How Autobiographical Should Your Art Be?

2014 Artwork Should you be autobiographical sketch

Although I’m not a fan of conceptual art (and I pretty much agree with the Stuckists about the whole subject), I ended up randomly watching an old documentary about Tracey Emin on Youtube a couple of weeks ago.

I guess I ended up watching it because I wanted to daydream about being a glamourous, extroverted “rockstar” artist in the 1990s (even though I’d actually absolutely hate to be a celebrity of any kind- seriously, my imagination can be a very contradictory place sometimes).

Anyway, one of the interesting things which Emin mentioned in the documentary was that all of her work was very autobiographical in one way or another and this got me thinking about the whole subject of how much of themselves an artist should put into their own work.

Creating art is, by it’s very nature, a very introverted and introspective activity. Most of the real work involved in it takes place in the private world of the artist’s imagination.

But, at the same time, both translating those thoughts into something which can be put onto paper or canvas and translating them into something which other people can actually understand is a slightly more extroverted and extrospective activity.

Actually publishing it (either online or traditionally) is even more extroverted thing to do.

So, there’s this strange duality between introversion and extroversion involved in creating art. This is probably why it attracts both introverts and extroverts.

Still, how autobiographical should your art be? First of all, this is something which can vary from person to person – some people are a lot more comfortable with telling their life stories than others and some people have more interesting stories to tell than others do. So, there are no real “rules” here – but there are a few things which are worth thinking about:

Although there can be nothing more satisfying or cathartic than creating something autobiographical and seeing a piece of yourself and your personal history represented in pictorial form, it’s worth thinking about whether you actually want to share this with literally everyone or not.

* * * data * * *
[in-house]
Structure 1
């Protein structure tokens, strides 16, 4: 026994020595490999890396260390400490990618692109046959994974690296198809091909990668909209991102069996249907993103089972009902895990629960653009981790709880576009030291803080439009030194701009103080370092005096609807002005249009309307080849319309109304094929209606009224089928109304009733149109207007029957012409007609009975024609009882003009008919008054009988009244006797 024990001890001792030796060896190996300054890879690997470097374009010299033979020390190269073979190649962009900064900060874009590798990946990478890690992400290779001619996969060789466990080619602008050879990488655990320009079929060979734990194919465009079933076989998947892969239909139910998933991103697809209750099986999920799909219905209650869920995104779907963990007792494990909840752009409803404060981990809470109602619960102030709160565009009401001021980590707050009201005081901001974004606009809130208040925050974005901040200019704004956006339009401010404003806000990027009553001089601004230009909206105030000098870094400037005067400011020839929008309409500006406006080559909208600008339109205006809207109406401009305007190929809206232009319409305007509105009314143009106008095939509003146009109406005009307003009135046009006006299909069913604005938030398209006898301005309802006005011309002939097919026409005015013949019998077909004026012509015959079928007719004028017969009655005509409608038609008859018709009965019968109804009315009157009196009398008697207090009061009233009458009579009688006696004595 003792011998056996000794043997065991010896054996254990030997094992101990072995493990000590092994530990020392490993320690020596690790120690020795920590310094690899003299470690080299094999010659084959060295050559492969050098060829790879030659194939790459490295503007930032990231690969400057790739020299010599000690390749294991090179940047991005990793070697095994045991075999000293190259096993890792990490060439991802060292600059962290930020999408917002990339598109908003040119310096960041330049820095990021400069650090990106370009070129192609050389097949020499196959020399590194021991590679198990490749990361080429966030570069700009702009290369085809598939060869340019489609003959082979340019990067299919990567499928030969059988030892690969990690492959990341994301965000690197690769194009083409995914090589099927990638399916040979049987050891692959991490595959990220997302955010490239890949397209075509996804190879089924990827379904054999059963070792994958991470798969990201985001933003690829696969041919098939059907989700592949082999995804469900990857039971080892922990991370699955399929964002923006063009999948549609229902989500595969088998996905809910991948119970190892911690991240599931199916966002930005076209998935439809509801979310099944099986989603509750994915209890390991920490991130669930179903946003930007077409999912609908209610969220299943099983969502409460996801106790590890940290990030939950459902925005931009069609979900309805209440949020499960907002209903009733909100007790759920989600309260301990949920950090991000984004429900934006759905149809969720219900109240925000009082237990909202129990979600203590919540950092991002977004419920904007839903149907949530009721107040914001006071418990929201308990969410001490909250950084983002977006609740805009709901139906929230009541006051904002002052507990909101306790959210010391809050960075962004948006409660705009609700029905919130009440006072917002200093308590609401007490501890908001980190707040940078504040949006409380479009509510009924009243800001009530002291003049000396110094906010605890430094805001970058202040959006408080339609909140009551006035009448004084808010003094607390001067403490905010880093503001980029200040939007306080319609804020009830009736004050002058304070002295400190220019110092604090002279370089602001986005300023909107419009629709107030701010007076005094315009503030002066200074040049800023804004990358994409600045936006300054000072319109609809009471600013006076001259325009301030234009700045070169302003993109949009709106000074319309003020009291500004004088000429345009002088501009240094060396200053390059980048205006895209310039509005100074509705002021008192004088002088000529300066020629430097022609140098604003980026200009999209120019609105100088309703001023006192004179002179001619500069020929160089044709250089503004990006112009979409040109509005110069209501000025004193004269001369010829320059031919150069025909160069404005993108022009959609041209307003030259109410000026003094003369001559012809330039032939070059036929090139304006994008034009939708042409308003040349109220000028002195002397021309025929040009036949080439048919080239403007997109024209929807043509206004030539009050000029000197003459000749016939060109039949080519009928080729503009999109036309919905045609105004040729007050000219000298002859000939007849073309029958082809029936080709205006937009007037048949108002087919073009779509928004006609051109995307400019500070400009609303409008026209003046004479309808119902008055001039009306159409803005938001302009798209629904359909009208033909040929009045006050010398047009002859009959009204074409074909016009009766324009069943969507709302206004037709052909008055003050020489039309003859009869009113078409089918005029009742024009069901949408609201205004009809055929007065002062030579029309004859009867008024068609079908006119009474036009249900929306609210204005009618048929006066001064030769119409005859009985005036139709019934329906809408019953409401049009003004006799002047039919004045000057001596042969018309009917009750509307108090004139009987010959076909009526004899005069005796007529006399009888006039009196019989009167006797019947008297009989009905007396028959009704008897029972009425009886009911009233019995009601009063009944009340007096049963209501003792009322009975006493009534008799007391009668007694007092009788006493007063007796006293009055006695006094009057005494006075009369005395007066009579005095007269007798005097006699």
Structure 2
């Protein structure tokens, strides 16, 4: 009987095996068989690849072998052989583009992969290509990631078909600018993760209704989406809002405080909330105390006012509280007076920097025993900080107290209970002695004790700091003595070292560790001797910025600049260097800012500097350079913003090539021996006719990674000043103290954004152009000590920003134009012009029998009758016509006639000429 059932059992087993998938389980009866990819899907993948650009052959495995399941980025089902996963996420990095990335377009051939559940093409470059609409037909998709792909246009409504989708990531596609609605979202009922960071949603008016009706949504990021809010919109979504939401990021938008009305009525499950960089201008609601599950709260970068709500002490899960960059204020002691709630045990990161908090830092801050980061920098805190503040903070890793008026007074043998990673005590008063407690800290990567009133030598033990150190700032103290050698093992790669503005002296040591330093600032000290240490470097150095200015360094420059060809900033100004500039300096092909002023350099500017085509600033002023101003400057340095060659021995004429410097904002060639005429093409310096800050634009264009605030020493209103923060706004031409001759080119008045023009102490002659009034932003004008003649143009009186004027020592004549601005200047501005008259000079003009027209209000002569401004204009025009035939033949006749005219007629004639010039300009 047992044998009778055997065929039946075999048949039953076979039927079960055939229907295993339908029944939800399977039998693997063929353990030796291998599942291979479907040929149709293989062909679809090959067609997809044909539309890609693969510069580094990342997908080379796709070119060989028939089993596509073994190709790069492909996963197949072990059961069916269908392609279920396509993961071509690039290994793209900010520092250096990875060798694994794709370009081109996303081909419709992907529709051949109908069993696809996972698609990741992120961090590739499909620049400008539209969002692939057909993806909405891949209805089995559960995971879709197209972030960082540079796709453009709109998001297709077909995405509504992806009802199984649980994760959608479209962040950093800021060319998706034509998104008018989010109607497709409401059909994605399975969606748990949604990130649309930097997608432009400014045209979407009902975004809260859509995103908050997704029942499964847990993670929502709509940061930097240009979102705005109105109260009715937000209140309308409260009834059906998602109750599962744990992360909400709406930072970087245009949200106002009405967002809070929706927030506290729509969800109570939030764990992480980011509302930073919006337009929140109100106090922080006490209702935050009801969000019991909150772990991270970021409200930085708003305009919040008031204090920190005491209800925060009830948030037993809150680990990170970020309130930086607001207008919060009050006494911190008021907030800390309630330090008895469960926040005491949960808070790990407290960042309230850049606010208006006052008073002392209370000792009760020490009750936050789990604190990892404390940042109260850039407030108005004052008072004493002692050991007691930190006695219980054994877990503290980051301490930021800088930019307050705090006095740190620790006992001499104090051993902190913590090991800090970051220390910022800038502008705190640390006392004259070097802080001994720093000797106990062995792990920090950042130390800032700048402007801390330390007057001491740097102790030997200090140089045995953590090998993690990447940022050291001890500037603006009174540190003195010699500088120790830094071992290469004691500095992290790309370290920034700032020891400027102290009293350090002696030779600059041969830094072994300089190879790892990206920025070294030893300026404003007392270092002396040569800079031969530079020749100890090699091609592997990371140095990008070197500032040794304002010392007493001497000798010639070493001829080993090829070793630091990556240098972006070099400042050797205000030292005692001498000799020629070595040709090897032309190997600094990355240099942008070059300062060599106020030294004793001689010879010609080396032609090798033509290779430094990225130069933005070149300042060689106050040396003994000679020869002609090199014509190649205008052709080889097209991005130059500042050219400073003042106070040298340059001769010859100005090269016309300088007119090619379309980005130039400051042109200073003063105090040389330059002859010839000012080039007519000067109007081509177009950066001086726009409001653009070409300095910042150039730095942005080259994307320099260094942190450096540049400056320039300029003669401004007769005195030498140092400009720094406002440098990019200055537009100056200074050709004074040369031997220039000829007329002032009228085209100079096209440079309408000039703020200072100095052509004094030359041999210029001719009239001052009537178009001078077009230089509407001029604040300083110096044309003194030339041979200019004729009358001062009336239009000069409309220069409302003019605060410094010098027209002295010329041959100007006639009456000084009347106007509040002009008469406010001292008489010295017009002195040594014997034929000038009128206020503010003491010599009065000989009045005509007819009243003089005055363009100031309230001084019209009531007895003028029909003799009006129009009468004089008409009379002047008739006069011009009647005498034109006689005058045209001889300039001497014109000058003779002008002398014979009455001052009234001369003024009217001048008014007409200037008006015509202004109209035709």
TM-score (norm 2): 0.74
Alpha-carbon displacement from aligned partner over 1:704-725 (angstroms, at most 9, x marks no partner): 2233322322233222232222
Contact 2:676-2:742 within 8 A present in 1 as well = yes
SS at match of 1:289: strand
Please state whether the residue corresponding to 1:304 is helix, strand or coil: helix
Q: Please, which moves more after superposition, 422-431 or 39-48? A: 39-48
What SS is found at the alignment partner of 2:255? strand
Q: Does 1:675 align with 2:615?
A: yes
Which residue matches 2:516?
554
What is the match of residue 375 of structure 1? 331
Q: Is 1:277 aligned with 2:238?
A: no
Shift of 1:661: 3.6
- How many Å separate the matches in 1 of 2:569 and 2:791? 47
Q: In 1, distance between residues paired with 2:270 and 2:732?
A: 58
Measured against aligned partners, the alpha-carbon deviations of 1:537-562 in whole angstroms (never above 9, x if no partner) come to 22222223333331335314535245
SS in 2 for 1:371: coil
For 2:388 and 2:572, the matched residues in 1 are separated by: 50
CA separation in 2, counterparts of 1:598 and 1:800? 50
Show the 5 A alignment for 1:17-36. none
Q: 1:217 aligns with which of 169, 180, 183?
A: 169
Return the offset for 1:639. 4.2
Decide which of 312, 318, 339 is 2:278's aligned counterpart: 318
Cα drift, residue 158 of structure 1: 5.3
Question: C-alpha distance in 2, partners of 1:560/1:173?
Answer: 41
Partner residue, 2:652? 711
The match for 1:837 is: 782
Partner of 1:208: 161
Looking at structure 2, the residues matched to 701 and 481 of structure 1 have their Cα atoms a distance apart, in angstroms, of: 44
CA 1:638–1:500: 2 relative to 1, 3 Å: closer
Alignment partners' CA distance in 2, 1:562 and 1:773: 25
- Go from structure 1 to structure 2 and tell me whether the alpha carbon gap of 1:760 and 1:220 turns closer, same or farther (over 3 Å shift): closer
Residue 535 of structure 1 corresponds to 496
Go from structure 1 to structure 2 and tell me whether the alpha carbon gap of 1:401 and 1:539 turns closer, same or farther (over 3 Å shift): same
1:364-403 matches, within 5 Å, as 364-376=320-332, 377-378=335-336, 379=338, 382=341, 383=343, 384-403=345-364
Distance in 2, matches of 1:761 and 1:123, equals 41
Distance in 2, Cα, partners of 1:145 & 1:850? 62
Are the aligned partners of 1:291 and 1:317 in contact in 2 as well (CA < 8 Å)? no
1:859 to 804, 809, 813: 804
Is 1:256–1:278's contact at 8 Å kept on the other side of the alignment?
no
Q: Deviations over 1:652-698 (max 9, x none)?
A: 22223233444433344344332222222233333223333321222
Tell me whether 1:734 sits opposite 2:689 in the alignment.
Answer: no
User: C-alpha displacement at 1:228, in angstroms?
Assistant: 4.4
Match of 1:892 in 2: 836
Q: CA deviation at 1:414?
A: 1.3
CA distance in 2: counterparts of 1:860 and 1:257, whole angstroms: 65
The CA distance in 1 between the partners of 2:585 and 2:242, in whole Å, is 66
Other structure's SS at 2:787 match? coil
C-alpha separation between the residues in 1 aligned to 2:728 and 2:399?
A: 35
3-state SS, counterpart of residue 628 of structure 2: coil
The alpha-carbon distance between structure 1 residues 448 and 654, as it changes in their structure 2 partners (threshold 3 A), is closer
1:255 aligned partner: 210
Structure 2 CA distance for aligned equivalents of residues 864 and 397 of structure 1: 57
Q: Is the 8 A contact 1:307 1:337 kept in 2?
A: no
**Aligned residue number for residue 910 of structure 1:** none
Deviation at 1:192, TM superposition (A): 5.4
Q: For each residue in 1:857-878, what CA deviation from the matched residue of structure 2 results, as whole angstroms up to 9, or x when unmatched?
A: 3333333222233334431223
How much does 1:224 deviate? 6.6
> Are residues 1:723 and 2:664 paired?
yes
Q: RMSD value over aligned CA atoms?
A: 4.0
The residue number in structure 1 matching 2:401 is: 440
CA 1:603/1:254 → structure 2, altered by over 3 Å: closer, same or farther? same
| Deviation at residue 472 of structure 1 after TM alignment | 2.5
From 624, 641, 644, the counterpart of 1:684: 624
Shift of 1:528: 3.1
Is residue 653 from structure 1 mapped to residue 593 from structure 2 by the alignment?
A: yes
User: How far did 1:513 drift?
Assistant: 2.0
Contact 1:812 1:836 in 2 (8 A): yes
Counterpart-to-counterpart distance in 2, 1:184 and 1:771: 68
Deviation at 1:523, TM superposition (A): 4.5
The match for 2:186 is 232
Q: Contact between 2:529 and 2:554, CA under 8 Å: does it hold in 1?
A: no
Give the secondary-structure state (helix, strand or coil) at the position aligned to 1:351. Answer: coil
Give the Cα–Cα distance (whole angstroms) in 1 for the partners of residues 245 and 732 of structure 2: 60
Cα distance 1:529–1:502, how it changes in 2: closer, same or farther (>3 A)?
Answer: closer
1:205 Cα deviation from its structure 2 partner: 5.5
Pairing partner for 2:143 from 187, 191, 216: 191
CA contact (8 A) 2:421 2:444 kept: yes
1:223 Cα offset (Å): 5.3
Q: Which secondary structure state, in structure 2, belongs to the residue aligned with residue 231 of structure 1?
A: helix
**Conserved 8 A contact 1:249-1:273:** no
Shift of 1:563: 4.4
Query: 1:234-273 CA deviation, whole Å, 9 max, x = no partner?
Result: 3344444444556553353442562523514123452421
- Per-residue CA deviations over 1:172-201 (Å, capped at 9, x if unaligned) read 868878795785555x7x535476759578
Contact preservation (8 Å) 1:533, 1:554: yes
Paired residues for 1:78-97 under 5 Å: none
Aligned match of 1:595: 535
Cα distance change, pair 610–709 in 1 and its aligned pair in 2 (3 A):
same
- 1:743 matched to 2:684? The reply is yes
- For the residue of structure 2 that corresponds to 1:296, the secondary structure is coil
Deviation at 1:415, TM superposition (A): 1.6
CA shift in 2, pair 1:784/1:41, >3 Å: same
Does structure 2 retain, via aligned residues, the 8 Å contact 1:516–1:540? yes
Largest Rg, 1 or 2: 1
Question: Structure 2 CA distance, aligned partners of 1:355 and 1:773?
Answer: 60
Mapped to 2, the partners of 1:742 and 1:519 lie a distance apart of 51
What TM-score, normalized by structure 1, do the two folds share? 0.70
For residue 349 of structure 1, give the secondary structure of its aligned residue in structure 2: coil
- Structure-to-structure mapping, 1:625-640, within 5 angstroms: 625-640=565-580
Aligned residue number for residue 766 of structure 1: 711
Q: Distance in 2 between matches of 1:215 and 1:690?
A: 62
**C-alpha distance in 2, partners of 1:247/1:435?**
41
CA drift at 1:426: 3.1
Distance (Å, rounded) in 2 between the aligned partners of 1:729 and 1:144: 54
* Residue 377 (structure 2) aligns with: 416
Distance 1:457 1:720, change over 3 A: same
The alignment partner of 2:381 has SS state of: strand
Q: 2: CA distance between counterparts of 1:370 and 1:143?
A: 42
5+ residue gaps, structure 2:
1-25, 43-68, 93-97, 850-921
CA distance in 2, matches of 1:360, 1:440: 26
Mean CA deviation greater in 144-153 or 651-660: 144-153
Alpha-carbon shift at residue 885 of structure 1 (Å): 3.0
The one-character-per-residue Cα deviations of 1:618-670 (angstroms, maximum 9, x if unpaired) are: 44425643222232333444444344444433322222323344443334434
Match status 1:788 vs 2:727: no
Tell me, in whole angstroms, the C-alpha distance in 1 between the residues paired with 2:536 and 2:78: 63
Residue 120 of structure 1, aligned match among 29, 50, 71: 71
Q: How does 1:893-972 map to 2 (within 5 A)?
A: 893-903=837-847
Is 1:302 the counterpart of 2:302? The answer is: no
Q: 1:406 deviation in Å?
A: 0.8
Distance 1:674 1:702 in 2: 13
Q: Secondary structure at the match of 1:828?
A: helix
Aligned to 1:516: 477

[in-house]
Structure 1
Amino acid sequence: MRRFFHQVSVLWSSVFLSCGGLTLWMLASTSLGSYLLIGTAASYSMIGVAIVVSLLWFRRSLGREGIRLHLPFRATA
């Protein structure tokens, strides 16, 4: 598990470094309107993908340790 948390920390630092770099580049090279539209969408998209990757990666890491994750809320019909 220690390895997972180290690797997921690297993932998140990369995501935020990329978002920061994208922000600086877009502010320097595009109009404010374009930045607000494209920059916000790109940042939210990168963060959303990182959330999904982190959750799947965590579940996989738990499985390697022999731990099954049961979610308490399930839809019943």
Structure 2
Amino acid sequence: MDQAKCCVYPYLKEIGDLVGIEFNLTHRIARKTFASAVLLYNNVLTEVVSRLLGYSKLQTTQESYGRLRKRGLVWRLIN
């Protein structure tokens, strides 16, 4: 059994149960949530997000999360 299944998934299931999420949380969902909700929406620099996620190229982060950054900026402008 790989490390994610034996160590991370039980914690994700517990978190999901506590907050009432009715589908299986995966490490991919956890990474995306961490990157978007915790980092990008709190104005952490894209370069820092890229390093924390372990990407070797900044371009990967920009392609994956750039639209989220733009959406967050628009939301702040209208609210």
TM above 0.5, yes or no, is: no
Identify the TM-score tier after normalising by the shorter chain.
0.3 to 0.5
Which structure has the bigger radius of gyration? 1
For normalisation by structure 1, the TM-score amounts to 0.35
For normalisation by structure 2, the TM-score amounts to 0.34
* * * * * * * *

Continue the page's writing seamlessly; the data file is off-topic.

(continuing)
If you don’t, then there are a couple of things that you can do. You can still make your autobiographical art and keep it private or you can hide the autobiographical elements of your art in a variety of clever ways (such as through symbolism).

If you don’t believe me, take a look at this painting that I made a couple of months ago:

"Sacred Relics" By C. A. Brown

“Sacred Relics” By C. A. Brown

To the untrained eye, this just looks like an ordinary still life picture (albeit with a lot of stuff in it). But it’s actually an extremely symbolic painting about the story of my life between the ages of about fourteen and nineteen.

Everything in this picture stands for a part of my life when I was younger. So, if you don’t want to share the details of your life story with everyone, but you still feel like telling it, then you can do it through symbolism or by creating something that evokes the same emotions you feel (but with none of the details of why you feel this particular way).

Secondly, there’s the question of quality. A work of art can be the most personal and meaningful thing in the world to you but, if it can’t stand on it’s own merits, then it isn’t worth publishing. If you’re not sure about this, then ask yourself “if someone didn’t know a thing about me, would they still think that what I’ve made is good art?”.

If the answer is “yes”, then put your art online and/or try to see if you can get it into a gallery. If the answer is “no”, then your art probably either needs reworking or revising.

Thirdly, there’s the question of meaning. It’s worth thinking about whether you want the exact meaning of your artwork to be obvious to everyone. It’s ok to leave things to your audience’s imaginations or to make your autobiographical art slightly mysterious (especially if you don’t feel like sharing literally everything) – but you shouldn’t make your art too confusing or indecipherable.

Fourthly, remember not to libel or slander anyone (or violate anyone else’s privacy) if you’re making anything autobiographical. The exact laws about this vary from country to country, so be sure to do your research first.

Finally, because all of your art comes from your imagination and because your imagination is informed by your memories, some autobiographical stuff will almost inevitably end up in whatever art you create, whether you want it to or not.

—–

Anyway, I hope that this was interesting šŸ™‚

One comment on “How Autobiographical Should Your Art Be?

  1. […] a recent article, I briefly referred to my imagination as a “contradictory place”. At the time, this […]

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